Past, present, and future variations of the Atlantic Meridional Overturning Circulation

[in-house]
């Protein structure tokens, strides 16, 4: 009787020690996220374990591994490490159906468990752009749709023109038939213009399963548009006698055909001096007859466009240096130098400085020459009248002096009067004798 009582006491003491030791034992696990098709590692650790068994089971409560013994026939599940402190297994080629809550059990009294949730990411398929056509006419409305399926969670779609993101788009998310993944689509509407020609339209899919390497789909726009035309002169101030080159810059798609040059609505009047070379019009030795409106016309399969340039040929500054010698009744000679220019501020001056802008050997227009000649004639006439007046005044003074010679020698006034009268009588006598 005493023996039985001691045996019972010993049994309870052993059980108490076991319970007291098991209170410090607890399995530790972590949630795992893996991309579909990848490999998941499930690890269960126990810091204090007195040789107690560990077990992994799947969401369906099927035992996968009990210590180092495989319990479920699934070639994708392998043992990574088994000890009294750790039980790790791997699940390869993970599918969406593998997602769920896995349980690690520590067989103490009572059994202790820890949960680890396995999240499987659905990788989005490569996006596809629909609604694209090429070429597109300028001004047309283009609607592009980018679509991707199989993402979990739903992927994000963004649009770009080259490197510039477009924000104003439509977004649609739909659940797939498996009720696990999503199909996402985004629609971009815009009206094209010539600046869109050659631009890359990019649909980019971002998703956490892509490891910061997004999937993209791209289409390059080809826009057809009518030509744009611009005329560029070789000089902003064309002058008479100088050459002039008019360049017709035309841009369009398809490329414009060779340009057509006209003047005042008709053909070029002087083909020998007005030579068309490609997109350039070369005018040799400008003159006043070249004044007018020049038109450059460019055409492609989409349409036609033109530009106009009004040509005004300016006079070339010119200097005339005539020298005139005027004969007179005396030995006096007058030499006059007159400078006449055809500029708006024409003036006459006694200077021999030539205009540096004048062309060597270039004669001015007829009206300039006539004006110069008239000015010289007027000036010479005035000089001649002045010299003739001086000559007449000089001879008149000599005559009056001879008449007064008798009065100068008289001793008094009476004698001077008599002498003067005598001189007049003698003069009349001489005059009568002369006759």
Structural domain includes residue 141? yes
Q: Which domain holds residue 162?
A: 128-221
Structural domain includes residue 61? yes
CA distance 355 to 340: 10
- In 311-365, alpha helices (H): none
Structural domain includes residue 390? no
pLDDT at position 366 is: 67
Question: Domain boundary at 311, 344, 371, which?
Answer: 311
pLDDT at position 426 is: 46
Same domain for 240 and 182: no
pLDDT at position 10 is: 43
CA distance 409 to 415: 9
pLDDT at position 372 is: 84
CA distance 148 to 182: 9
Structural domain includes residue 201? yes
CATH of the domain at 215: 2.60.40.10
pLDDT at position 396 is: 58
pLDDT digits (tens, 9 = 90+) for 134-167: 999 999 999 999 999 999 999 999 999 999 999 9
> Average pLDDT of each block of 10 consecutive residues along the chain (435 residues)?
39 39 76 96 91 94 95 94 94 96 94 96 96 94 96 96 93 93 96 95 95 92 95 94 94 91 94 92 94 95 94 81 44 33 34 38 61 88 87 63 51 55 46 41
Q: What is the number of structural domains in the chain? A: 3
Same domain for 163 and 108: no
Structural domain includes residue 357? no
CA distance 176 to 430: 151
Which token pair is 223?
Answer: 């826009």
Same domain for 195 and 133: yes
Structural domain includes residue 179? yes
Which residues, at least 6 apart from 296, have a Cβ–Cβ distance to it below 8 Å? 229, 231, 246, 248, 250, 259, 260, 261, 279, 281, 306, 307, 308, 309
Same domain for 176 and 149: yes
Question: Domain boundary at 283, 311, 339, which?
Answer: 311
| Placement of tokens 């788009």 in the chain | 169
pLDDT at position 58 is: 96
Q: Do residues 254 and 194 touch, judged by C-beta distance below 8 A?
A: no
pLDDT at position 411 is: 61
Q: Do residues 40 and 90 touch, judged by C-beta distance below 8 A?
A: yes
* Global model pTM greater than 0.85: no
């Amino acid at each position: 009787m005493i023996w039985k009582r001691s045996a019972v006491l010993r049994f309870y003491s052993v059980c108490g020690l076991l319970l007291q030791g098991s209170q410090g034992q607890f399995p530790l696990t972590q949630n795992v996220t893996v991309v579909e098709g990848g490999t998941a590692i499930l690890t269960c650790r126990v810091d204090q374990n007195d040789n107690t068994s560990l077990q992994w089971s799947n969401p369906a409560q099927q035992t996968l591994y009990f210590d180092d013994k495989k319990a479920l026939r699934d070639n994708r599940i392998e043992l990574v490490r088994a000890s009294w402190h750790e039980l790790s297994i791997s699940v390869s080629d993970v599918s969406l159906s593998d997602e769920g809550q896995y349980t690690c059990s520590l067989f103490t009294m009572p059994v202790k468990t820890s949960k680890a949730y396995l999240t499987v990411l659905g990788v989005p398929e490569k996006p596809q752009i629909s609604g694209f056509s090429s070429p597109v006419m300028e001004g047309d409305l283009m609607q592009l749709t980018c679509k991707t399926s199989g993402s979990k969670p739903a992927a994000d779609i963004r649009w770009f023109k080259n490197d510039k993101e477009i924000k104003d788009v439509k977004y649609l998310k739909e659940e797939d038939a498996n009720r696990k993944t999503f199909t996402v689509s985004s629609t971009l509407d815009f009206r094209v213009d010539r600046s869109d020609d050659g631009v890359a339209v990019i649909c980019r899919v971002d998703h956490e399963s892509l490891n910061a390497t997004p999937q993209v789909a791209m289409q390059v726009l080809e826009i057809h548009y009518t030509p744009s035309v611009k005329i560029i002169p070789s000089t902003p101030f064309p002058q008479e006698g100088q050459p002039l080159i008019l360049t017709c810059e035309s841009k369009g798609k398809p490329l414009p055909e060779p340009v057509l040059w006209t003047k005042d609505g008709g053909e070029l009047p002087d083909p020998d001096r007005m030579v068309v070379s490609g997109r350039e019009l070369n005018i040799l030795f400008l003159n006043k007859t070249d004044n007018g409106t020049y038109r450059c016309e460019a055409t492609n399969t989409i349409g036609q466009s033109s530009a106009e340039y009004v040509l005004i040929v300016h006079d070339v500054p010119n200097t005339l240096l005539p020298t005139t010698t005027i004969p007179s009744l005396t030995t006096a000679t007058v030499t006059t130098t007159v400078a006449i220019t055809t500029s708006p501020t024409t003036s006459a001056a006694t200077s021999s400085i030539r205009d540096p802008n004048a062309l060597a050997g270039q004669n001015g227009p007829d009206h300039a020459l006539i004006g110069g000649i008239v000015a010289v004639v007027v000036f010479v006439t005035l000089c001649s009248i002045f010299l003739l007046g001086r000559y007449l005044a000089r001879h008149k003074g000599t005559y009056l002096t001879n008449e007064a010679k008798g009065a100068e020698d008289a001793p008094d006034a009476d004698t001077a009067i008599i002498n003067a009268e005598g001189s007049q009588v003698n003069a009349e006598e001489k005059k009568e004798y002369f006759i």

The Atlantic Meridional Overturning Circulation (AMOC) is a key mechanism of the global ocean-atmosphere climate system. Due to its role in transporting warm waters northwards, some studies suggest that past shutdowns of the AMOC are associated with abrupt global cooling periods. Although the Coupled Model Intercomparison Project Phase 5 (CMIP5) predict an AMOC shutdown to be unlikely by 2100, a weakening is very likely. On the other hand, studies struggle to reach a consensus regarding whether the recent past or present AMOC has declined, and if so, whether it is due to anthropogenic climate change. This stems from the complexity of the relative contribution of natural and anthropogenic forcings on AMOC variability, and limited observations; the longest continuous trans-basin array being RAPID since 2004. Results from the first chapter of my thesis suggest that 28 to 35 years of data are required to detect a declining AMOC trend (i.e., over a decade more than current observations). This reinforces the demand for improved proxy estimates to understand the AMOC’s long-term behavior. The other two chapters therefore investigate potential reconstructions or indicators of the AMOC’s variability and trend in the past and the future. Using a multi-model approach (with CMIP5 data), the second chapter demonstrates that sea surface height does not have a robust 13-year relationship with the AMOC (even though they are presumably dynamically associated), and therefore tidal gauge data cannot be used to extend the RAPID data into the past. The third chapter then explores salinity transport as a proxy of the AMOC. Firstly, a trend probability analysis is done using the CMIP5 past and future scenarios (from 1850 to 2100) to represent the forced trends and the control simulations representing natural variability. Results show that ensemble mean forced interannual AMOC trends are not signiﬁcantly aﬀected by anthropogenic forcing, however decadal to multi-decadal trends are. Under the ‘business-as-usual’ future scenario (RCP8.5) the probability of a 20-year ‘intense’ decline remains above 50% in the 21st century whereas the ‘stabilisation’ scenario (RCP4.5) recovers its pre-industrial values by 2100. In the second part of this chapter, simultaneous unique features in the AMOC and salinity transport define a 20-year rogue from 1995 to 2015, including the maximum probability and magnitude of an ‘intense’ AMOC decline, and a sustained 20-year decline in subpolar salinity transport caused by internal oceanic (as opposed to atmospheric) feedbacks. This work therefore highlights the potential use of direct observations (after another decade of data), and ensemble mean numerical models to represent changes in past, present, and future natural and forced AMOC variability.